And unity is not only important during a campaign, but also after a loss. And that’s something we have had to learn in New South Wales. Losing is hard, especially when innocent lives are the price we pay. It can be easy to fall apart as a movement in these times, but that’s when we need to be stronger than ever. Even though we lost the campaign to stop the NSW abortion bill, it means that now as a movement we have a very clear goal. We need to overturn the law. This is same thing we’ve seen in the US since Roe V Wade. The pro-life movement over there is very focused and strategic because of their shared goal, to overturn Roe. And we can do the same.

If the euthanasia bill here in Western Australia does pass, although I hope it doesn’t, please know that this is not the end. Of course it makes it more challenging for us, but that doesn’t make it the end.

Over the past two weeks the pro-life movement has shown me incredible support. When I was in Melbourne at the March for the Babies I shared for the very first time what was going on behind-the-scenes during the NSW abortion campaign. Some of you may have heard my story already, but for those of you who haven’t I’ll share it again tonight.

A couple of months ago, just days before news broke about the NSW abortion bill, I was targeted online by vicious bullies. My face was photoshopped onto pornographic images and spread online. So just to clarify, it was not a photo of me, but my face was photoshopped onto that image. Along with the image was a link and screenshot of my personal Facebook profile and details of LifeChoice Australia. This is illegal and is known as image-based abuse and was investigated by New South Wales Police.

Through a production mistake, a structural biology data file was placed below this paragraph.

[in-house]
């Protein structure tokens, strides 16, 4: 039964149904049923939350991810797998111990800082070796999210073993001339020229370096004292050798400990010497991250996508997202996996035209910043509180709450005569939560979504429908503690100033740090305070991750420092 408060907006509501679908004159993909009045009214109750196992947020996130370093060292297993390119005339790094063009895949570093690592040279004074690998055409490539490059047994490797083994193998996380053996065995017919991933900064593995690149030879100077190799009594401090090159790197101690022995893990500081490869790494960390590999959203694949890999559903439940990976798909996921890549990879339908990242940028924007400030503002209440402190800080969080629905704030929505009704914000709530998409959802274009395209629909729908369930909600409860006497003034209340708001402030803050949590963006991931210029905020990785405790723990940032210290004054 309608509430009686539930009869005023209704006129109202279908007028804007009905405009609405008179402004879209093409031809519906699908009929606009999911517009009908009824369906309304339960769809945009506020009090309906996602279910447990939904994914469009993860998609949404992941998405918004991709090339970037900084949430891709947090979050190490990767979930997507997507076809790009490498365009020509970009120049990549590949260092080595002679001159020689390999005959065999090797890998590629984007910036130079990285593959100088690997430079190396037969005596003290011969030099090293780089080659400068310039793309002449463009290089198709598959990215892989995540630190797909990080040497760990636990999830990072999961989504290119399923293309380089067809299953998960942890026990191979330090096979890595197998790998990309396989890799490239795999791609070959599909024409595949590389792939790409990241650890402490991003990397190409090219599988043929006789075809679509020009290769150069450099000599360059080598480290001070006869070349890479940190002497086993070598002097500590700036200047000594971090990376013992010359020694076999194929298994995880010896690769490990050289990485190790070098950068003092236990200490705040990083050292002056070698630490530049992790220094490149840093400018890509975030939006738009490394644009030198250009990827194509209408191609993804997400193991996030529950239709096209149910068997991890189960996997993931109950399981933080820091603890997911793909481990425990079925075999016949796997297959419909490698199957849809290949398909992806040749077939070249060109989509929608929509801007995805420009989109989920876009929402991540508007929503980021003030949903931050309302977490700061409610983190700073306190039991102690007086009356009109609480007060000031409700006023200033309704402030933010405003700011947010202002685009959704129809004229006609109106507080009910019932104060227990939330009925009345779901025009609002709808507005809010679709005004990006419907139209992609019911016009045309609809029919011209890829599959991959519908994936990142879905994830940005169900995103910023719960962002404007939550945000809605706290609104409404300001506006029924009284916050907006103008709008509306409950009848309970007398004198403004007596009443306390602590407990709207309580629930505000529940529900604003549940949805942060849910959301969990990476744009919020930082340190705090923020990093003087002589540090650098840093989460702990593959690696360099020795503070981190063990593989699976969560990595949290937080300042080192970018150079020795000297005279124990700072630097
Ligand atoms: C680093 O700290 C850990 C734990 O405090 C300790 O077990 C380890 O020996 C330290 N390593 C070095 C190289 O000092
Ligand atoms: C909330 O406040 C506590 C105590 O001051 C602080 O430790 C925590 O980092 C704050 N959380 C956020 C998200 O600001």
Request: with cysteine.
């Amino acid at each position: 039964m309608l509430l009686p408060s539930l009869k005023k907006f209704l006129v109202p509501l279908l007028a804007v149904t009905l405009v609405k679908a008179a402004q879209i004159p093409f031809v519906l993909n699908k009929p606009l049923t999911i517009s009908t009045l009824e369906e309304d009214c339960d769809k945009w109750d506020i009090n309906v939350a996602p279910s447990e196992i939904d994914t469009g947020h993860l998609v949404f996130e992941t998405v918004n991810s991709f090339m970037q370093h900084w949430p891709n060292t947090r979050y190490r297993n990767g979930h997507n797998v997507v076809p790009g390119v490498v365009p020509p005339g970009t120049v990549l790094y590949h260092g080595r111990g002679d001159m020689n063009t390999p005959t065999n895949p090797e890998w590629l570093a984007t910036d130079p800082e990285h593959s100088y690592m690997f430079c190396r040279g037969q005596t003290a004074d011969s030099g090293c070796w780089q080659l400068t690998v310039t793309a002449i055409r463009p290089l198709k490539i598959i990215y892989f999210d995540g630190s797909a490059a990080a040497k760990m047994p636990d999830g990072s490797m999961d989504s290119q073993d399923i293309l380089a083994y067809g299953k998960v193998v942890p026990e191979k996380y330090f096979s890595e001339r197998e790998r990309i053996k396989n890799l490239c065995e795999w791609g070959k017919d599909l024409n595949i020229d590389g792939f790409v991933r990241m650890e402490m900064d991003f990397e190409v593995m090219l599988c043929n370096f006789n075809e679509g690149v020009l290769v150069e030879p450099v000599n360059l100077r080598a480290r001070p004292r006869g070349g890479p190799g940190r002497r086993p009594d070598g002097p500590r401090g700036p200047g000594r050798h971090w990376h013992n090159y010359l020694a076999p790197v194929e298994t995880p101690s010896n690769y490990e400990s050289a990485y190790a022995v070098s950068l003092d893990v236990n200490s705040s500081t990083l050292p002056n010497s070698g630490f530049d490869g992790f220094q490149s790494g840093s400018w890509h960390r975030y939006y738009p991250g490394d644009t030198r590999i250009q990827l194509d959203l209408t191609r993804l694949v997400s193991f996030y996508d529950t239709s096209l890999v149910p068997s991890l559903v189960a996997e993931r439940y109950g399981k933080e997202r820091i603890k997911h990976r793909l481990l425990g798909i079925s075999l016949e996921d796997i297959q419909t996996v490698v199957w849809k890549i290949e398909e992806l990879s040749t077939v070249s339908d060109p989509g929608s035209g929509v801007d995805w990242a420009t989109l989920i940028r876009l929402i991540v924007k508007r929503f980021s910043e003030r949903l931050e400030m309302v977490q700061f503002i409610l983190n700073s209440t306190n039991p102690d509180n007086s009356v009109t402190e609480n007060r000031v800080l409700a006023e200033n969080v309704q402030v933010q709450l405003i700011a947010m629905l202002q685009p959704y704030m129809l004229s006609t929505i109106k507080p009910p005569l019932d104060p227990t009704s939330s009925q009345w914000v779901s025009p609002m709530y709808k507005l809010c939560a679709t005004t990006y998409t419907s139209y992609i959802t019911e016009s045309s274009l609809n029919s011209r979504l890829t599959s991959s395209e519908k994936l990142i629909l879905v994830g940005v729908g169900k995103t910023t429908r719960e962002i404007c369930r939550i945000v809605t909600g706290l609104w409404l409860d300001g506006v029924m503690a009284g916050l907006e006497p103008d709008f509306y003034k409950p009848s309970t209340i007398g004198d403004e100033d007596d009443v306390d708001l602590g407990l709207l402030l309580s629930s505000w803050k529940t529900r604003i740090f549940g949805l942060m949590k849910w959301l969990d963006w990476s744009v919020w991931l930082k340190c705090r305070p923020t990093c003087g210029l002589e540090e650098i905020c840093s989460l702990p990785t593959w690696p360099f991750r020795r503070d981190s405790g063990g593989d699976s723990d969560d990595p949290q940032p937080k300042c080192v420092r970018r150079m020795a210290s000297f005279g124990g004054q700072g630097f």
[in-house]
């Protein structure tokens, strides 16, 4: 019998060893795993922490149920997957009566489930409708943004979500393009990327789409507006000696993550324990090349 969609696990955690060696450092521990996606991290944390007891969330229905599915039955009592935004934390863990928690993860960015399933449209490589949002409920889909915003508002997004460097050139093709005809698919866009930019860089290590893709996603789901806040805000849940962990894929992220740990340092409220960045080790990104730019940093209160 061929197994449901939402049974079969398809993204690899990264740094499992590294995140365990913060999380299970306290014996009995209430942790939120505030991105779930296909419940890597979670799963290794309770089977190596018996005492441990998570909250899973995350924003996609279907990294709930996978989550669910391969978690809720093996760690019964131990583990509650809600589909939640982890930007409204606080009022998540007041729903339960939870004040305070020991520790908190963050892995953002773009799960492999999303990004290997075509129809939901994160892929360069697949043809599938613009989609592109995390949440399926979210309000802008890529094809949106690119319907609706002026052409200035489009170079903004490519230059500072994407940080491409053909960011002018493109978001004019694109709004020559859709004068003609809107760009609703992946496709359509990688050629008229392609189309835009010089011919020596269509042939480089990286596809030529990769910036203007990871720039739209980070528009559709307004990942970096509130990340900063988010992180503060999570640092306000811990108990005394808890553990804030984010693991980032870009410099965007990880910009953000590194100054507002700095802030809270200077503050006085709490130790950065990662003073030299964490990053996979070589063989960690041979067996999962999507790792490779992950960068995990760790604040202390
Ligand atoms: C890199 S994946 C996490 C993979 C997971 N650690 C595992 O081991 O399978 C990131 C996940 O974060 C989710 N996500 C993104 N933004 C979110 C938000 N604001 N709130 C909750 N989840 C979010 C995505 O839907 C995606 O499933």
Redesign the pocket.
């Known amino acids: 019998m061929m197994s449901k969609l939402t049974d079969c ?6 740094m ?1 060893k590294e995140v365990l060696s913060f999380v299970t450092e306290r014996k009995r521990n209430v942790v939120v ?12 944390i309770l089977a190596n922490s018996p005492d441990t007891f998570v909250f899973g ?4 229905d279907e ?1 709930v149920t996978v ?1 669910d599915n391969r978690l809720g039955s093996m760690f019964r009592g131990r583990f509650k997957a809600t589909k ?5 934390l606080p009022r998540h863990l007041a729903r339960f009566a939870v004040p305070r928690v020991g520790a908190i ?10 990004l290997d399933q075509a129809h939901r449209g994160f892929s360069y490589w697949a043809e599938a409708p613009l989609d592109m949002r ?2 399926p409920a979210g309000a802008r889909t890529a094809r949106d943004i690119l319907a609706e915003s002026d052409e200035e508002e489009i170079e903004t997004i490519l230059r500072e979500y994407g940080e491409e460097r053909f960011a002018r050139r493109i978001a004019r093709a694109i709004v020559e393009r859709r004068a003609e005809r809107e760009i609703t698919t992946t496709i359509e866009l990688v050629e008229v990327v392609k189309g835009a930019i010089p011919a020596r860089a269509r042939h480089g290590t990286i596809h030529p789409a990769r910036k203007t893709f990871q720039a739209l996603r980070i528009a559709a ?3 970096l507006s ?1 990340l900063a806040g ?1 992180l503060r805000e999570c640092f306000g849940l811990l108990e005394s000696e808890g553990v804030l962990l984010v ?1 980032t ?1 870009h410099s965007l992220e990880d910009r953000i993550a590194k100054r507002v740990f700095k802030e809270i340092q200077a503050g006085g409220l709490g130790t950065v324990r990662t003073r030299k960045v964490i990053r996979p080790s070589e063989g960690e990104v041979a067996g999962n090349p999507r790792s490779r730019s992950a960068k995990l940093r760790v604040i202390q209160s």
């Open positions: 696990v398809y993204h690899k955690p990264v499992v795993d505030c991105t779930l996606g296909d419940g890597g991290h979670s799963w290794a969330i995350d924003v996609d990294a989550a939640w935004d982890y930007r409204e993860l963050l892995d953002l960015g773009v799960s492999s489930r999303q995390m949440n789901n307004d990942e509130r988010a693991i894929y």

From the comments that accompanied the image, it’s very clear that I was targeted because of my pro-life stance. It was a scary time for myself and my family and I felt violated in such a personal way. It’s sad and ironic that these pro-abortion activists, who claim to advocate for women, attempted to exploit me, as they do thousands of women, simply for speaking the truth.

I gave that speech at about 3pm on Saturday 12th October and for at least four days afterwards my phone did not stop buzzing. There was a non-stop stream of phone calls, text messages, emails, Facebook comments and voicemails all showing their support for me. That’s the pro-life movement. We genuinely care about women and families, and that’s the level of support that we need to shower on every single woman who is facing an expected pregnancy.

Somebody, after all, had to make a start. What we wrote and said is also believed by many others. They just don’t dare express themselves as we did.”

Sophie Scholl

There may only be 70 of you in this room tonight, or a thousand rallying outside parliament but the reality is that we’re the ones who are making a start. There are so many hundreds of thousands of Australians that agree with us, they just don’t dare express themselves as we do. And that’s our challenge. To stand unified as a movement and to build a movement. A movement that stands up for the life of every human person. A movement that supports both mother and child. A movement that will not be intimidated, bullied or coerced. Ordinary people don’t want late-term abortions and they don’t want state-facilitated suicide. Continue working hard and continue building the movement. Don’t give up.

This is just the beginning for Western Australia.